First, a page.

Mark My Words: The Myth of Presidential War Powers
As the debate continues to swirl around America’s “kinetic military action” in Libya and whether or not the Obama administration is in the right, I can’t help but feel an immense sense of futility when engaging in conversations concerning our military adventures abroad.
Anyone treating these actions as a new phenomenon has either a tenuous grasp on history or a dangerously short attention span. Nearly every president since World War II has engaged in these extra-curricular engagements to some degree and, true to form, the opposing party has denounced it as unconstitutional and misguided (until their guy is in power, of course).
Be it with the physical support of anti-government forces in Nicaragua under Bush Sr. or with direct military action in Somalia and Kosovo under Clinton, unilateral military engagement by the president is nothing new.
The problem with addressing the executive’s exclusive power over foreign policy is that the underlying premise is a legal fiction that is best described as a collective delusion.
Our republic was never founded on the premise that the Executive branch of government, much less the president, had exclusive control over foreign affairs. It was Congress that was explicitly given the power to raise armies and to declare war. The president was authorized to act as commander-in-chief during the course of a war, but not granted the power to start one at will. Even the president’s power to negotiate treaties was checked by the requirement of super-majority approval in Congress.
That all changed in 1936. In the case of United States v. Curtiss-Wright Export Corp., the Supreme Court of the United States declared that the president had “plenary” powers over foreign affairs that were not dependant upon congressional delegation or approval.
In other words, foreign affairs was the president’s game, regardless of constitutional ambiguity, and Congress didn’t get to play ball if the president didn’t want it to.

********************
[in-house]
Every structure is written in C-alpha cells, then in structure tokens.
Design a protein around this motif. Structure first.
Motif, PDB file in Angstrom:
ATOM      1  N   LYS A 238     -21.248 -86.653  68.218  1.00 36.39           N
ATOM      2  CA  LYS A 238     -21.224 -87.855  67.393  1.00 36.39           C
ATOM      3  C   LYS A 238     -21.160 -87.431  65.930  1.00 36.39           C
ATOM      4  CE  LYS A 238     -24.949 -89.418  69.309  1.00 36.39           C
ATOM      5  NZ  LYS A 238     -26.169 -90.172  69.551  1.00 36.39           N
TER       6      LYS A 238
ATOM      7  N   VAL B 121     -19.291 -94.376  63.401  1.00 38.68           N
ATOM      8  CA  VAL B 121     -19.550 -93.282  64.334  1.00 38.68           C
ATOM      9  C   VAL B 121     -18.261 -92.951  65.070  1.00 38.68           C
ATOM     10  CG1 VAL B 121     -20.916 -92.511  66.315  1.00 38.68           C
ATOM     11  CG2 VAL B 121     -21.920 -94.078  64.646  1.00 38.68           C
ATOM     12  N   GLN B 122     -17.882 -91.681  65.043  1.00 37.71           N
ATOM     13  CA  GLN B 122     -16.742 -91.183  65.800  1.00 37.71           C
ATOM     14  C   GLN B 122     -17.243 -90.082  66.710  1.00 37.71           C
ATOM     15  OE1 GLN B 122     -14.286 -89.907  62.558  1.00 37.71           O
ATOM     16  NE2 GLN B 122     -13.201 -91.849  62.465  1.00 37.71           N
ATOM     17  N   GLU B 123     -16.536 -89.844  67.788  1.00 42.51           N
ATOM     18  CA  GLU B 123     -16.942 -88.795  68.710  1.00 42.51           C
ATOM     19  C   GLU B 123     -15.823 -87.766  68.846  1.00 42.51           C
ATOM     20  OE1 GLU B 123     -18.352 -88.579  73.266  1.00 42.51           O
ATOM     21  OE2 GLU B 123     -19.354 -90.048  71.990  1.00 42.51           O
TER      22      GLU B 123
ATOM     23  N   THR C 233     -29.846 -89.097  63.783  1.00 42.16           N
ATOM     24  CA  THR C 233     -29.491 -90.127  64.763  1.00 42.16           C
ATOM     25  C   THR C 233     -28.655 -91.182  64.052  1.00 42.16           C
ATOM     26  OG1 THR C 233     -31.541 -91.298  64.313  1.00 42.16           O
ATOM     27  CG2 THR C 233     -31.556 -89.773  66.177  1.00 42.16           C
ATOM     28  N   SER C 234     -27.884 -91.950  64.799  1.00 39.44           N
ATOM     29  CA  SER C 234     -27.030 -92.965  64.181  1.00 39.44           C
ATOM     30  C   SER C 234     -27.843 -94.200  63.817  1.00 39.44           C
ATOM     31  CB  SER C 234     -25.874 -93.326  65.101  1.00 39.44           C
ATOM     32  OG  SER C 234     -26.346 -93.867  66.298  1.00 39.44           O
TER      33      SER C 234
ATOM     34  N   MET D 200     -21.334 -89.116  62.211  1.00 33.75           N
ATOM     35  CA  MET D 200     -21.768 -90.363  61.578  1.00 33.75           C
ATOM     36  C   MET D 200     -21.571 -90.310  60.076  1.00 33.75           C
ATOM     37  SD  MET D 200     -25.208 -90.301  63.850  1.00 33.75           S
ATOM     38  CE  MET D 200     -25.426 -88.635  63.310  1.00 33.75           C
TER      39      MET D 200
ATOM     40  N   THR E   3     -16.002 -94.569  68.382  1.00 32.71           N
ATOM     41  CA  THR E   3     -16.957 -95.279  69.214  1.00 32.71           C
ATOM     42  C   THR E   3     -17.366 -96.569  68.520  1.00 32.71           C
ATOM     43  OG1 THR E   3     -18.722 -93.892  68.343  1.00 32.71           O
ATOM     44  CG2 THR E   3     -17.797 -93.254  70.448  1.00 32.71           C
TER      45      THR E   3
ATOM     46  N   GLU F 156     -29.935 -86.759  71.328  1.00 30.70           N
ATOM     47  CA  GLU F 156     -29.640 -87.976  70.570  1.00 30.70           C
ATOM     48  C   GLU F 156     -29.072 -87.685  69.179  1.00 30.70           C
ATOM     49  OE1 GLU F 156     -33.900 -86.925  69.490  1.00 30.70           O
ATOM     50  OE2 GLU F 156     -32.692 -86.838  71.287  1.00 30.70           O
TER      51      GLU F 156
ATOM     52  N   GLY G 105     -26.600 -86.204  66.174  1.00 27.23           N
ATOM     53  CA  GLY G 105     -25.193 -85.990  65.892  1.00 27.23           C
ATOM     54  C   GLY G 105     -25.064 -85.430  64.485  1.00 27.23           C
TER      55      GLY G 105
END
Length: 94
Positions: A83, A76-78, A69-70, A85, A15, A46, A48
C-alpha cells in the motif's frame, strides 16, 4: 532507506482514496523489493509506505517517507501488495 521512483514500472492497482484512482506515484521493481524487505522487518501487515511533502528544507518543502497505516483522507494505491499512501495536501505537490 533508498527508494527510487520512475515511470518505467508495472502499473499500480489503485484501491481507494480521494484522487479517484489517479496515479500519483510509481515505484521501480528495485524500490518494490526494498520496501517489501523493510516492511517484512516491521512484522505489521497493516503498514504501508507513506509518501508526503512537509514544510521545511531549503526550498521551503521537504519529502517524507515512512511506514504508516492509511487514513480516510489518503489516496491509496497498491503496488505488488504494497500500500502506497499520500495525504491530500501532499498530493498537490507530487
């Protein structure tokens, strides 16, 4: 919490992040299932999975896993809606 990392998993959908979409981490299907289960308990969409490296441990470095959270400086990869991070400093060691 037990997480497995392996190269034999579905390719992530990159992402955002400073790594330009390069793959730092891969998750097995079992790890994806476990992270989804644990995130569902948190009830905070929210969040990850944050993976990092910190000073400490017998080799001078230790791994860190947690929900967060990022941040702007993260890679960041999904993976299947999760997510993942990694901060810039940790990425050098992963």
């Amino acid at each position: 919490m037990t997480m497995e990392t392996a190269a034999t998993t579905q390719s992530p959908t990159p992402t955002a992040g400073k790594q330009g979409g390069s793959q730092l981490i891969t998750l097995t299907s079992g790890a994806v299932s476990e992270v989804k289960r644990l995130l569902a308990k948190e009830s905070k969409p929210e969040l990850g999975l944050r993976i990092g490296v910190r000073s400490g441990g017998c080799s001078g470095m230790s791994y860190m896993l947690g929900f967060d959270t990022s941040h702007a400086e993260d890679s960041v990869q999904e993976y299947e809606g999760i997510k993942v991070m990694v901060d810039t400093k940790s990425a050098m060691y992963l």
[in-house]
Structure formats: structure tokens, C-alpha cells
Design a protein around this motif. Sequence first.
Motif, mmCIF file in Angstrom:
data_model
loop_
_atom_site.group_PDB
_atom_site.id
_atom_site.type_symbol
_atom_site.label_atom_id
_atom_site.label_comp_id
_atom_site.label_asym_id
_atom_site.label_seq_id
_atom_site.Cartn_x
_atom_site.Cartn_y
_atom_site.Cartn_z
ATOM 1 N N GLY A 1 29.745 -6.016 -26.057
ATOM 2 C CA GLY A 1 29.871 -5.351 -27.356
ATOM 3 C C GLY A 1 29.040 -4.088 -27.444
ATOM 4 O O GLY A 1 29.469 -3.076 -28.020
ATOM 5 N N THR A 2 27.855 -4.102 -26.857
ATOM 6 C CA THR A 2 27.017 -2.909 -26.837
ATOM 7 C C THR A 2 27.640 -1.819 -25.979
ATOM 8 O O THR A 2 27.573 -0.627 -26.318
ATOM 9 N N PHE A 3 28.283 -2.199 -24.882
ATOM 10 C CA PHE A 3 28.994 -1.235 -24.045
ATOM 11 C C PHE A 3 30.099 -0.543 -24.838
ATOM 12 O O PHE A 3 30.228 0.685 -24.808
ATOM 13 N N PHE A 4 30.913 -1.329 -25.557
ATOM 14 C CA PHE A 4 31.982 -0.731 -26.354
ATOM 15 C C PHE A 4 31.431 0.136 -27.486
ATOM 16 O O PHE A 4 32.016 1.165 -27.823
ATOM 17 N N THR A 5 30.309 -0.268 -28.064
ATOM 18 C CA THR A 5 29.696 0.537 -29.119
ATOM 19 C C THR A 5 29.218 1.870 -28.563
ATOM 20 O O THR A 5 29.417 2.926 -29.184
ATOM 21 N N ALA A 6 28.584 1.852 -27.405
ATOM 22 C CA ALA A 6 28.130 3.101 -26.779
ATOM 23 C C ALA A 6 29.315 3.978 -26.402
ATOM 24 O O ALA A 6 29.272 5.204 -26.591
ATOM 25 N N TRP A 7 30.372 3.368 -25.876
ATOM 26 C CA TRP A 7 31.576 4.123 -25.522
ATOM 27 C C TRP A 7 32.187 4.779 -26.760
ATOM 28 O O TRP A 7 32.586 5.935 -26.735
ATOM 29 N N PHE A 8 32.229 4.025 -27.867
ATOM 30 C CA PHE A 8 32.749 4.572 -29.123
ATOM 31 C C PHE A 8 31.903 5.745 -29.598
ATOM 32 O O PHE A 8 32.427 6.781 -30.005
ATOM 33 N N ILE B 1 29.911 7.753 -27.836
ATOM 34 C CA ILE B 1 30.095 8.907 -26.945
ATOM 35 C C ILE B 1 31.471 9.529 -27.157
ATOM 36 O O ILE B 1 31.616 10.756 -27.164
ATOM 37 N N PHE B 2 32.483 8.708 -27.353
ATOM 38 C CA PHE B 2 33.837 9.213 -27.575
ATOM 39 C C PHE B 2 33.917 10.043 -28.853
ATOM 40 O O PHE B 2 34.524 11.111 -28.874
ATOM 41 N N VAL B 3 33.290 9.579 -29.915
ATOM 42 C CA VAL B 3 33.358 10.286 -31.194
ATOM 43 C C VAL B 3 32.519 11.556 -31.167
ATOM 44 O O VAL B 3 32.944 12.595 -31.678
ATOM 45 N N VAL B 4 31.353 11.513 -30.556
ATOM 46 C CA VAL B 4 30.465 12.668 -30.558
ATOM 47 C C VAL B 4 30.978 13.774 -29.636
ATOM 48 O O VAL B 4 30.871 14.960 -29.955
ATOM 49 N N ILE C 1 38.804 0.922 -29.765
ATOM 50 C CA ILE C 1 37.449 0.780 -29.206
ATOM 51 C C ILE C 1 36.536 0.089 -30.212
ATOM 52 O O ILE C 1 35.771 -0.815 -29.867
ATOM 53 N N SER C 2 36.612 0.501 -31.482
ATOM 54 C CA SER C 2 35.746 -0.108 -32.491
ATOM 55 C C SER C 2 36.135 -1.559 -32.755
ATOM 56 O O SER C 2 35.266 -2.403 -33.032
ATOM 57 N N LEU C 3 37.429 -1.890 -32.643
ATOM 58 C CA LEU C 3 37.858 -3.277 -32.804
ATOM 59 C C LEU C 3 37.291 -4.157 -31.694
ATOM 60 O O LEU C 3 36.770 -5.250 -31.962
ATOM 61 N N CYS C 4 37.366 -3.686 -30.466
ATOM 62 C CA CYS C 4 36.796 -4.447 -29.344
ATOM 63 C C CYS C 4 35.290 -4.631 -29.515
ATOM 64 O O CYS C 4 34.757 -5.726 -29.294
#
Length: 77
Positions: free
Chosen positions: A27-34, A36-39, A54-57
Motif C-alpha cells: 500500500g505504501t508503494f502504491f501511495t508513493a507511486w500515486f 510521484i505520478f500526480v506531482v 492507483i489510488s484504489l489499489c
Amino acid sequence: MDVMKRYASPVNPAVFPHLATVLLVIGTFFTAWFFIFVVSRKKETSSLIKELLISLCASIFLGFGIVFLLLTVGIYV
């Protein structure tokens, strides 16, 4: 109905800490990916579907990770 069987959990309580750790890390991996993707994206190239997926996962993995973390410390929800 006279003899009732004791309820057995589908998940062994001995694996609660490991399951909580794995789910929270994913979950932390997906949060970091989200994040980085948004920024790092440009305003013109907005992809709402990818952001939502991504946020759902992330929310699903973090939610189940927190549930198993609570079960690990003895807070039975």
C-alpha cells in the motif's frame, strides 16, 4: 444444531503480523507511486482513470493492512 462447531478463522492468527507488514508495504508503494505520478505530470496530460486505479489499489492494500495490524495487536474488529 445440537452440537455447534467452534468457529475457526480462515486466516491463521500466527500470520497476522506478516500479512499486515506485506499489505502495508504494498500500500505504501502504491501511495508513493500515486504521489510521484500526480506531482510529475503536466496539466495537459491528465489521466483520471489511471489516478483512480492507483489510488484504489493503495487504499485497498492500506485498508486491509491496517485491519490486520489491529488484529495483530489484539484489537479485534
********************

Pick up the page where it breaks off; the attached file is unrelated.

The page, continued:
The problem? The case had never been a question of presidential power. Instead, it had been briefed and argued as a matter discussing whether the legislature could effectively transfer their enumerated powers to the executive.
This puzzling change of focus was surprisingly easy to explain. The author of the opinion, Justice George Sutherland, had written extensively on what he thought was the proper role of the president in foreign affairs during his time as a U.S. Senator. Unsurprisingly, his writing in Curtiss-Wright closely paralells an article he authored that argued for independent presidential power that could not be checked by the other branches.
Just like that, the personal views of a single British immigrant-turned-Supreme Court Justice became enshrined in our country’s legal doctrine in a way that has transformed our fundamental understanding of presidential power.
In 1973, Congress passed the War Powers Resolution, giving the president unilateral power to commit U.S. forces anywhere in the world, for any reason, for a period of up to 90 days. This act has been mired in controversy since passage and for good reason; the act effectively transferred Congress’ exclusive and enumerated power to declare war to the president, no questions asked. It was, and remains, an appallingly unconstitutional transfer of power that the executive has joyously abused to this day.
President Obama’s action in Libya is merely the latest exercise of presidential war powers that were invented in the 1930s and enshrined in the 1970s. Obama is not the first president, nor will he be the last, to send our young men and women into harm’s way without so much as informing Congress, much less asking their permission.
Unfortunately, few members of Congress are willing to be the first to try and reverse course on this unconstitutional status quo. The dangers of being labeled unpatriotic, as well as the convenience of having the ability to go to war at will when your man is in power, have kept our elected officials criticizing the President’s actions, but never doing anything about their constitutional legitimacy.
Nobody wants to give away their ace in the hole and, in our modern political environment, who can blame them? Well me, for starters.
What we seem to forget is that in the hyperbolic rhetoric being thrown around by our politicians hang the lives of men and women who have volunteered to serve and protect our country: 4,441 men and women have died in Iraq. Nearly 33,000 have been injured, many irreversibly so. 1,517 more lay dead in Afghanistan. How many more of our bravest are we willing to throw to the political winds?
No president, regardless of party, history, or politics, should have the unilateral and unchallengeable right to send Americans to their death. It is long overdue that our elected representatives stand up for American soldiers and return the power to declare war where the constitution put it, with the people, not one man.
Photo Credit: Wikimedia Commons
For those interested in the scholarship of war powers, please take the time to visit and read the work of life-long scholar and public servant Louis Fisher at www.loufisher.org.